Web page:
A large chunk of the world has a problem that most North Americans and Europeans don’t consider when they turn on the tap: clean water (or rather the absence thereof). Here’s a guide to clean water (or lack thereof) around the world, and how you can avoid problems when you’re traveling and living in places where clean water isn’t a given.
My Experience with Clean Water (or Not)
I remember being in Nepal and telling somebody that I brushed my teeth with the tap water; “it’s not a problem, is it?” I asked when I saw the look of horror on their face. They told me about the numerous outbreaks of cholera in our neighbourhood that week. The cause of the cholera outbreak? The tap water.
Although you’d think I learned something there, I had to re-learn it – the hard way – in Peru earlier this year…a few times over. I’m not sure how I contracted the first parasite (it could have been callously brushing my teeth with tap water, washing my vegetables in it and not drying them properly, or eating an otherwise contaminated food), but suffice it to say, it was a gastronomically unpleasant experience. (There are many types of parasites, but the parasite de rigueur in this part of Peru is giardia).
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At 4,842 metres, mount Pachatusan is far from the highest mountain in the Peruvian Andes, but on this day it is a formidable mountain; too formidable for we three hikers to pass.
The Pachatusan Trek (aka “The Plan”)
With gear and provisions for a two-day trek, we take a taxi from Cusco to the next town called Huasao (pronounced Wah-sah-oh) to begin our hike. From there, we (plan to) head up, up, and up some more to a campsite just shy of the summit of Pachatusan. On day two we (plan to) skirt around the summit and down into the next valley (the Sacred Valley), and grab a short ride back to our home in Pisac.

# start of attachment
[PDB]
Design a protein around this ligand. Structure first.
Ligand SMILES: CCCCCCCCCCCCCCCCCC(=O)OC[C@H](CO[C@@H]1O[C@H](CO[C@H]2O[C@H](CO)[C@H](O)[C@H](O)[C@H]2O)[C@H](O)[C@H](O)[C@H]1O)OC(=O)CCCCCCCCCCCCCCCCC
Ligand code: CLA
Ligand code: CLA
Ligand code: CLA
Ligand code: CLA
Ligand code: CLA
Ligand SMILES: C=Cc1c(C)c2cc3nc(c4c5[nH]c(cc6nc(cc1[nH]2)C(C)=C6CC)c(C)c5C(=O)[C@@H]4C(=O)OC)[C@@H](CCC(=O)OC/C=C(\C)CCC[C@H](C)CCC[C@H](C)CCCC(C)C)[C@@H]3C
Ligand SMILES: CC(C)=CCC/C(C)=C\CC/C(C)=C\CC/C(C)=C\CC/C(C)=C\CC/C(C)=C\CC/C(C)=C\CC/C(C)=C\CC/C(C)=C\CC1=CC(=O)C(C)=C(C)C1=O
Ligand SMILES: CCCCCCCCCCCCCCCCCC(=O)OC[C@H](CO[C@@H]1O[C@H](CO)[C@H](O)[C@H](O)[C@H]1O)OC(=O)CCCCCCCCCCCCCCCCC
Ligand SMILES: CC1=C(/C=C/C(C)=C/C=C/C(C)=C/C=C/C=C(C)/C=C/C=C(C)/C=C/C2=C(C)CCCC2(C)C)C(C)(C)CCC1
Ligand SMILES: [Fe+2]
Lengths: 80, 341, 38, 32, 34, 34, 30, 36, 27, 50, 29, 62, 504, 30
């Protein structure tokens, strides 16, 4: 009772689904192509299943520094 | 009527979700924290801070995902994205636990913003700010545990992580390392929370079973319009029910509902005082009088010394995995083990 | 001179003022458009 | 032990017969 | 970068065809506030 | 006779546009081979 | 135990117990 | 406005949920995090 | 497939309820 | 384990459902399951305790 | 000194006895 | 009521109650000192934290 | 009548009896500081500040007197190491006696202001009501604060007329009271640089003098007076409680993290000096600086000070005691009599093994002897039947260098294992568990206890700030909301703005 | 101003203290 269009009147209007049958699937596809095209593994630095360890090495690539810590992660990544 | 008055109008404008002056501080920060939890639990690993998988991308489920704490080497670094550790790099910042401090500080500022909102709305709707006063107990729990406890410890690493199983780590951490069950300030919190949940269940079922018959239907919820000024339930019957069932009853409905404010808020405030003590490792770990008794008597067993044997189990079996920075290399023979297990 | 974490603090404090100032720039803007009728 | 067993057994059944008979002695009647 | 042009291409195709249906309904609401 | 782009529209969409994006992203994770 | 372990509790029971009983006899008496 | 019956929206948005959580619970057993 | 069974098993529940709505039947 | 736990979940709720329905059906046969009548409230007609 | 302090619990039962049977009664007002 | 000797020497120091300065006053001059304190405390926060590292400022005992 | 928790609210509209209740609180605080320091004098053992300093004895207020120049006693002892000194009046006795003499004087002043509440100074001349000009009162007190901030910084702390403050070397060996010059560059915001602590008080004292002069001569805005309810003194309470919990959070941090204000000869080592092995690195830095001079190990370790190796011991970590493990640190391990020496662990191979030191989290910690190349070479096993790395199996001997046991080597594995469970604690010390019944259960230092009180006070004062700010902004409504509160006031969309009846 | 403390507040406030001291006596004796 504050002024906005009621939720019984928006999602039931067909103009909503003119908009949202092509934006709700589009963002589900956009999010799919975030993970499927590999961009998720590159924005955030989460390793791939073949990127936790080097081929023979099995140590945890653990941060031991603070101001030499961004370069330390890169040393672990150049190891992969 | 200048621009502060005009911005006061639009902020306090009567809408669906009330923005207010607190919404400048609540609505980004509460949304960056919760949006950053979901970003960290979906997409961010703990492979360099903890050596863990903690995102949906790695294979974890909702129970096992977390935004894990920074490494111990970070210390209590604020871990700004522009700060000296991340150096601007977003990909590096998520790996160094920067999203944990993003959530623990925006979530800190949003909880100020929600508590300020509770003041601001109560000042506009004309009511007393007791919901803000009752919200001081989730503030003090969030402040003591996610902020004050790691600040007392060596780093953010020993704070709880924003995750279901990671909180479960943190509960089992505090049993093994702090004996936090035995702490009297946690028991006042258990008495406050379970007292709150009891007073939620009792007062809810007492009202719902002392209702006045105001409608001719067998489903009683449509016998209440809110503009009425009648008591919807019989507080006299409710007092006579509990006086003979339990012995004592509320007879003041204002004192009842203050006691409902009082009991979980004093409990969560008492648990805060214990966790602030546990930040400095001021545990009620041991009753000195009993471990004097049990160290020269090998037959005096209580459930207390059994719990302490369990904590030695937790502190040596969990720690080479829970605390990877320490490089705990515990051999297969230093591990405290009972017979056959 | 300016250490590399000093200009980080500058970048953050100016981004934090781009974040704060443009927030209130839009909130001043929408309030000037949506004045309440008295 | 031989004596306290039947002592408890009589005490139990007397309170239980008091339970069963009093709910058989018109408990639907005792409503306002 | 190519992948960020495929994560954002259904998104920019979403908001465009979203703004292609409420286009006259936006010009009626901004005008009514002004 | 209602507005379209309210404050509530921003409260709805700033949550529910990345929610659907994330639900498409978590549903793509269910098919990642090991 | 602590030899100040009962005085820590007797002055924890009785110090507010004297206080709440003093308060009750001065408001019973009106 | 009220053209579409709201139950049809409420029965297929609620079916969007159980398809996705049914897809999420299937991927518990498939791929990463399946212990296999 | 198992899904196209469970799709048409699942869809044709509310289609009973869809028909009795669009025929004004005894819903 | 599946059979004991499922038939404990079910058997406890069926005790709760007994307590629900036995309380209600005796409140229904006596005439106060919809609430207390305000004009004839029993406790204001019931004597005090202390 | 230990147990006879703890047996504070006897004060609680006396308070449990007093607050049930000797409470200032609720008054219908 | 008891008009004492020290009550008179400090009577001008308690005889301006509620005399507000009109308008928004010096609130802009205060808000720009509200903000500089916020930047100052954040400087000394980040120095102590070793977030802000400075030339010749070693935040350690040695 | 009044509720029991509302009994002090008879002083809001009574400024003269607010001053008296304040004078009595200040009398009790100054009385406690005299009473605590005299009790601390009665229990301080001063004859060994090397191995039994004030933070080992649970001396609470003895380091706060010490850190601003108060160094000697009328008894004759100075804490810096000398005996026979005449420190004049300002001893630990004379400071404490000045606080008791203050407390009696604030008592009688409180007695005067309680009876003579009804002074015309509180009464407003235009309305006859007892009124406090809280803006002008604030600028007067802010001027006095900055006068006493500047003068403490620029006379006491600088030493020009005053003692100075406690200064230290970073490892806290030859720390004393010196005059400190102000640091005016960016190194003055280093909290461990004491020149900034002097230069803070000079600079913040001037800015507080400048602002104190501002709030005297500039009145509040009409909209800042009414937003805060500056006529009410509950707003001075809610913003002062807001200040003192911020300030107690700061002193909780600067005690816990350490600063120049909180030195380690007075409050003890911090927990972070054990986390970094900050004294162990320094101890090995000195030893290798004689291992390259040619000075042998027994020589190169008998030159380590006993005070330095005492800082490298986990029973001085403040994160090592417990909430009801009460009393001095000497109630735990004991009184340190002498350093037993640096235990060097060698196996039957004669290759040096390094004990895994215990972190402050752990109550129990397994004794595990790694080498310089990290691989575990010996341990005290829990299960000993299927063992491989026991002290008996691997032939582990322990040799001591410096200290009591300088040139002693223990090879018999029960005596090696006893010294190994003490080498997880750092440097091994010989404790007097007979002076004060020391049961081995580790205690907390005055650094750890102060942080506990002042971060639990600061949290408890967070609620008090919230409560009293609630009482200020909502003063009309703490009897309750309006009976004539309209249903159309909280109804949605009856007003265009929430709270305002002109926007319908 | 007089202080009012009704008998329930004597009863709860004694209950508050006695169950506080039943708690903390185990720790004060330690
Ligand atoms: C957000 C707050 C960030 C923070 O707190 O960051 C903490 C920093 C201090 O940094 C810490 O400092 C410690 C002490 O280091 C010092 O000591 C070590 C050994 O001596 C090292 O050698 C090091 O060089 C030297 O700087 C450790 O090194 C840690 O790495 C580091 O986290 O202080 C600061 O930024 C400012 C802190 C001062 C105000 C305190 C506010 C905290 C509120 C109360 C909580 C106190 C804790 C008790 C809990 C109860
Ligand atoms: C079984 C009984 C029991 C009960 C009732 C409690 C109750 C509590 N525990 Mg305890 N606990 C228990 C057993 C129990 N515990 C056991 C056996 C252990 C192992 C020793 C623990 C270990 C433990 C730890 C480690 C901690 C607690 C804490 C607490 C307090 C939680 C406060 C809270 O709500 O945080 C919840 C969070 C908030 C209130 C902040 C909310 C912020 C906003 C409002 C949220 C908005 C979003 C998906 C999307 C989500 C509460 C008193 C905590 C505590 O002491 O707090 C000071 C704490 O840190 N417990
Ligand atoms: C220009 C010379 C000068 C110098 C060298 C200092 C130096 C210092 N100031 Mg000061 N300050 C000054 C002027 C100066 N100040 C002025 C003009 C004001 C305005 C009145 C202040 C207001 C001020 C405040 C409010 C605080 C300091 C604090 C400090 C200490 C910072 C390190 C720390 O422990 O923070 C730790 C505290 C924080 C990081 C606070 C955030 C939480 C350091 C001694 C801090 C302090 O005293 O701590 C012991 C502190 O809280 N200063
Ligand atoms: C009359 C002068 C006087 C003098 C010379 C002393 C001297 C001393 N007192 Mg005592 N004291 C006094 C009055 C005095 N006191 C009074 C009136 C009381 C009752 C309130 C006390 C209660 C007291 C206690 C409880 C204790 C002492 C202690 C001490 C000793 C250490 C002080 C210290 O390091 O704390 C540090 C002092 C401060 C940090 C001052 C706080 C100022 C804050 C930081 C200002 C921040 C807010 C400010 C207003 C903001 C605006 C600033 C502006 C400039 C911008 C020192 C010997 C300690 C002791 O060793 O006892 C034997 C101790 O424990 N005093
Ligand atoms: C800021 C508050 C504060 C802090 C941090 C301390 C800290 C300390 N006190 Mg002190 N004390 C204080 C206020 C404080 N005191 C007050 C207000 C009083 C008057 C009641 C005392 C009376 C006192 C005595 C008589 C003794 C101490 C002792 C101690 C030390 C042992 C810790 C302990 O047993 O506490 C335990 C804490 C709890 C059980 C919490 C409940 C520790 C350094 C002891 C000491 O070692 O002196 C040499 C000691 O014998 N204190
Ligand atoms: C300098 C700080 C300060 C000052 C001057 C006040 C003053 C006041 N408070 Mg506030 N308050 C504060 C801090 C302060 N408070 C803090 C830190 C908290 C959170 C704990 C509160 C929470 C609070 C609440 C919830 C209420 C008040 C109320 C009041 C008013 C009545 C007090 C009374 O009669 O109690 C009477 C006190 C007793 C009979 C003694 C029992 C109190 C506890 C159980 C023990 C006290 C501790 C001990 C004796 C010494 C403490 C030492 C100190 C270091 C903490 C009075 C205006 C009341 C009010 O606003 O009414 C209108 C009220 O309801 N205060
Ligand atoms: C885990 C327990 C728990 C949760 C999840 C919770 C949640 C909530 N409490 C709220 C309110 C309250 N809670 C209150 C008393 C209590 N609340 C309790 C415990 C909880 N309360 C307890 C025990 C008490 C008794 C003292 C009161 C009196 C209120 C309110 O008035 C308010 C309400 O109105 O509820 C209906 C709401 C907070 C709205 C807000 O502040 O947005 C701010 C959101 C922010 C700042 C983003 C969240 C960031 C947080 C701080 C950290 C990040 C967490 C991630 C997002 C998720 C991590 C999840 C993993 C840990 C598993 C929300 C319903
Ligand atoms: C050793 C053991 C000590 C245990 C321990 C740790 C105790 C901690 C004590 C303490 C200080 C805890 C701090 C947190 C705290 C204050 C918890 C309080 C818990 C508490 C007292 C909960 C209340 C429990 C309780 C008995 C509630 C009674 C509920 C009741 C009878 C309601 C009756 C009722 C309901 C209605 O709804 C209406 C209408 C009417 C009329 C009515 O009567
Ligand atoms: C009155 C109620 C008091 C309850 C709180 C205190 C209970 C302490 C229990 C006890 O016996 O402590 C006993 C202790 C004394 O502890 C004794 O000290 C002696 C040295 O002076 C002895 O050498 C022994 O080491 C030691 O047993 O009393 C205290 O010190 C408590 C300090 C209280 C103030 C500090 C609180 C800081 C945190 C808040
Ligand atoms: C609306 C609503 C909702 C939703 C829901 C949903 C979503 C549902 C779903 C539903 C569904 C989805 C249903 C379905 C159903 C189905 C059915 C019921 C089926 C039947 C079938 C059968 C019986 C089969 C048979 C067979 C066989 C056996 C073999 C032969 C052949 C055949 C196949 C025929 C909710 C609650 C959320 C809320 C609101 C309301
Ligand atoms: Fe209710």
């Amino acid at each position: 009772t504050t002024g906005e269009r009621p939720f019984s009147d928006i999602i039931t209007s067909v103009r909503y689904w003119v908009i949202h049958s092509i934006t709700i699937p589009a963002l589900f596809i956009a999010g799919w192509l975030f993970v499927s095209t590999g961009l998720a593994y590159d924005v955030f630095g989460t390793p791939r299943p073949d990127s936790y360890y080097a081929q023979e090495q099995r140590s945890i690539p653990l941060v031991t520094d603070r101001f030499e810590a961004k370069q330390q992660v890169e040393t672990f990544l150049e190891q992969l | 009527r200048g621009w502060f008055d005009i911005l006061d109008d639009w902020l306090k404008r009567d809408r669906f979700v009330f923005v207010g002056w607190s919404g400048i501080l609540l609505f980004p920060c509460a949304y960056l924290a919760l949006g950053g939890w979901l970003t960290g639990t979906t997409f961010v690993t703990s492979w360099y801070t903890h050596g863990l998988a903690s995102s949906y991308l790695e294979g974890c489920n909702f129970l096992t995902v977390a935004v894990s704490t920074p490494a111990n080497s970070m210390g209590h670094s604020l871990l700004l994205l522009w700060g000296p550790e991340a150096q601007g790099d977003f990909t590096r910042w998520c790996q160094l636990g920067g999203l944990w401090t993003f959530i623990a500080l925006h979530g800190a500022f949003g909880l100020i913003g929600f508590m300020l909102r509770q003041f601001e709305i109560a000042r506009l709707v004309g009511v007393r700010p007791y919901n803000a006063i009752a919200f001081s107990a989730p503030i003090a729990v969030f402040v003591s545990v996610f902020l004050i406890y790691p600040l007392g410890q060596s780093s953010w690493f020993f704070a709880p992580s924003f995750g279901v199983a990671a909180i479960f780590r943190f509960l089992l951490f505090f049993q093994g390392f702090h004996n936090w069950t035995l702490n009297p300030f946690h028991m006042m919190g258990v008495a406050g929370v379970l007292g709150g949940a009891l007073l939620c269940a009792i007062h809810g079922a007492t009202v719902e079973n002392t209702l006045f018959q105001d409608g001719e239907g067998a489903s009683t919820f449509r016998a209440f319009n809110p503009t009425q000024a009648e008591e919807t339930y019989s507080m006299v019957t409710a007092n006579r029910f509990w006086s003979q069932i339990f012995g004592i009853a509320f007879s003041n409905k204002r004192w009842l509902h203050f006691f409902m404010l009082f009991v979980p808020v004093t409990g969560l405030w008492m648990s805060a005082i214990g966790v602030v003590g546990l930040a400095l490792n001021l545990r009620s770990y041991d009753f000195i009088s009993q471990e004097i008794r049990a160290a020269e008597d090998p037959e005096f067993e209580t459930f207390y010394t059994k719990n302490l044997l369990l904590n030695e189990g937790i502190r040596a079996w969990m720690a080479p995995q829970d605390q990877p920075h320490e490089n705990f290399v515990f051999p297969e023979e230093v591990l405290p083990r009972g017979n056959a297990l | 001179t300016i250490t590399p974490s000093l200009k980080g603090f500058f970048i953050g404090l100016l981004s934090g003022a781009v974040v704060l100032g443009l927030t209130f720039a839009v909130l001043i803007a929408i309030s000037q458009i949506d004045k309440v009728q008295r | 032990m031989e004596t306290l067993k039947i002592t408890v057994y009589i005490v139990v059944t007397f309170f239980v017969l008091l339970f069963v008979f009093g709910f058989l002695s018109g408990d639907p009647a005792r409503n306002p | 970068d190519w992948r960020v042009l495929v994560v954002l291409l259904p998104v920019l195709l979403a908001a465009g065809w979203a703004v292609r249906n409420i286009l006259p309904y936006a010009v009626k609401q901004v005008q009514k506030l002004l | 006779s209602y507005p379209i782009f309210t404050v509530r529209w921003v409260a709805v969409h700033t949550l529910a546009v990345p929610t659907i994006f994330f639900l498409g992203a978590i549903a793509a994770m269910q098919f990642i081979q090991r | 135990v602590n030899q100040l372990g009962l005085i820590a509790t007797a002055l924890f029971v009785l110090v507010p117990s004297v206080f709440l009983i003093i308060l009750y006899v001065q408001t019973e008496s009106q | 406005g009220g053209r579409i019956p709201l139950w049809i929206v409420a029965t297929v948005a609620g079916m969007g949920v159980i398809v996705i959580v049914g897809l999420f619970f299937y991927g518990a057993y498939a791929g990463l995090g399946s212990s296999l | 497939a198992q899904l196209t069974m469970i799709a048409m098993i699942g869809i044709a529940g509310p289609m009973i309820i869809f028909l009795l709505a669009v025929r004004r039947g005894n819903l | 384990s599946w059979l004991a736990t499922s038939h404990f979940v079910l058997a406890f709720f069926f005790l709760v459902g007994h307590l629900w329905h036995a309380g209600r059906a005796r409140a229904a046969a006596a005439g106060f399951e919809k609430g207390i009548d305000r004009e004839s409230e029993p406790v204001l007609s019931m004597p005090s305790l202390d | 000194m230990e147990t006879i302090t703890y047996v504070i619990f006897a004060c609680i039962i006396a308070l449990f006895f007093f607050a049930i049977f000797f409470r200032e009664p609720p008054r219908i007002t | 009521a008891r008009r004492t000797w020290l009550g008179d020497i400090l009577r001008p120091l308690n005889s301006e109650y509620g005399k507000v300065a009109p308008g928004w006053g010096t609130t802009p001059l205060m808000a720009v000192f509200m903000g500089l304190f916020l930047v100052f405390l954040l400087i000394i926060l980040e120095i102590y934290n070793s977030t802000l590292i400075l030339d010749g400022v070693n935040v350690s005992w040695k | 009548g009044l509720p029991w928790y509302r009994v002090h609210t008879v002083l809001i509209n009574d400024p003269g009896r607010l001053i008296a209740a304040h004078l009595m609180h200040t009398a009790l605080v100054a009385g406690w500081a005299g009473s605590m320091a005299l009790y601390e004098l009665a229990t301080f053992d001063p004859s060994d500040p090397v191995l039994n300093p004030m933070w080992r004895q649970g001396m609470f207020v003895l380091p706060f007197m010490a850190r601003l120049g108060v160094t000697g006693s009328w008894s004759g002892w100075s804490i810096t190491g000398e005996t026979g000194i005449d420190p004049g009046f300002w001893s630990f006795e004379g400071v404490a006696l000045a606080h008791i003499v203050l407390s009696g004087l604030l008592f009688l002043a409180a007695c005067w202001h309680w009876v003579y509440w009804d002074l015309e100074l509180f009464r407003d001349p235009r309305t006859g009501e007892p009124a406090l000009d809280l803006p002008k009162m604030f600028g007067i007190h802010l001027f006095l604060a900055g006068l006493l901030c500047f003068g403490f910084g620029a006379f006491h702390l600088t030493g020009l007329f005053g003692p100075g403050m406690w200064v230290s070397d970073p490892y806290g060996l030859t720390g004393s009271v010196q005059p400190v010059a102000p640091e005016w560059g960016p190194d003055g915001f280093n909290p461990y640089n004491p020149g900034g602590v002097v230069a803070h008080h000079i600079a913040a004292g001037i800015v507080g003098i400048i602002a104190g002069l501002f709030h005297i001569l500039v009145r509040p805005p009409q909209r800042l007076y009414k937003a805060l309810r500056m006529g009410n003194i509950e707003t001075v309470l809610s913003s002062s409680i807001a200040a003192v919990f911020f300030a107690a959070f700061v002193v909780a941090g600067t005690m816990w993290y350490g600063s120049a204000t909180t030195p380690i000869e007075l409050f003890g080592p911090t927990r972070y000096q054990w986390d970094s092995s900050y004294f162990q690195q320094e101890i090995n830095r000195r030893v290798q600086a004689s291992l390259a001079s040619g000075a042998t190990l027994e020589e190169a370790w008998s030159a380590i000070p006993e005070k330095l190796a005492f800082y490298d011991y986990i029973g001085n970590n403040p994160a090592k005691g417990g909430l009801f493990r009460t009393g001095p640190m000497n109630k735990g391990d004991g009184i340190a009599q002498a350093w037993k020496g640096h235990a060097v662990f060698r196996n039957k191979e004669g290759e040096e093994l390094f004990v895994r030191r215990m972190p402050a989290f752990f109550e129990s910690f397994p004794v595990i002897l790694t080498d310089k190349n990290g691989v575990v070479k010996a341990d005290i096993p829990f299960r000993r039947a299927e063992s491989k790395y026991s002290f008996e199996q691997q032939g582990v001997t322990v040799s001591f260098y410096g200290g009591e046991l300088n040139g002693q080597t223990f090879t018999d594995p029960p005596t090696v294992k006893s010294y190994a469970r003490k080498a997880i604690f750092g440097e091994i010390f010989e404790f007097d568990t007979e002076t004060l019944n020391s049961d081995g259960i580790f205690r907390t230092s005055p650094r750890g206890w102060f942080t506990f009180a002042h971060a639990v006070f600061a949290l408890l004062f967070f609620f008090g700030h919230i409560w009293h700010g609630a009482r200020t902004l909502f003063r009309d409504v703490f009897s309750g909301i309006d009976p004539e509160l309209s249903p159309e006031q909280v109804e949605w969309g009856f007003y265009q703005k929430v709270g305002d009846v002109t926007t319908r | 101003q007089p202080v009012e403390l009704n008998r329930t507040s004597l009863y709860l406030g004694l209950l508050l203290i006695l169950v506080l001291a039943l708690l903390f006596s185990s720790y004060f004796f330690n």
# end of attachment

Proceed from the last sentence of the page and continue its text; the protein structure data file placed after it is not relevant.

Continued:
My companions for this informal trek are my friends Silvia, and Miguel (with whom I’ve hiked to Machu Picchu, Lares Hot Springs, and Kinsa Cocha).
The Significance of Pachatusan
The name Pachatusan means “one that sustains the Earth” in the Quechua language. This commanding mountain is one of many that is spiritually revered by the local people. When I first came to Peru last March, my room looked out on this mesmerizing mountain that I hoped to grace the higher ridges of at some point.
However in the mountains, anything can happen, and on this day it appears that Pachatusan has something else in store for us.
With sunshine and warm weather, we hit the trail with high spirits and energy. The views over the Cusco valley are beautiful and we are (almost) on top of the world.
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I suck at languages (at least so I thought). After 12 years of learning French in school, you’d think I could stretch more than a few words together. (I can’t). Despite this handicap, I’m determined to become fluent in Spanish – and I’m almost there! Here’s how:
My unwavering determination unto itself is a big part of my ability to become fluent, according to Benny Lewis (known in some circles as “Benny the Irish Polyglot”), who teaches people to become Fluent in 3 Months. He literally lands in a country and is speaking like a local in three months (and speaking with locals in less than three days). One of his secrets? You have to want it. Learning a language is work, and it takes determination to put in the hard yards required.
Practice (Even if it’s Easier to Speak English)
When I was first in Peru, I was staying in an area heavy with expats and visitors from all over the world. Thus the common language was often not Spanish – but English. It was almost too easy to not speak Spanish; a sure-fire way to never become fluent. I was staying next to a fellow from Spain (but whose English was impeccable); for myself and others, it took discipline to speak Spanish with him, since it was quicker and easier to just do it in English. Without practice though, you’ll never become fluent. You have to throw yourself into it and speak as much as you possibly can, even if the person you’re speaking with also speaks English.
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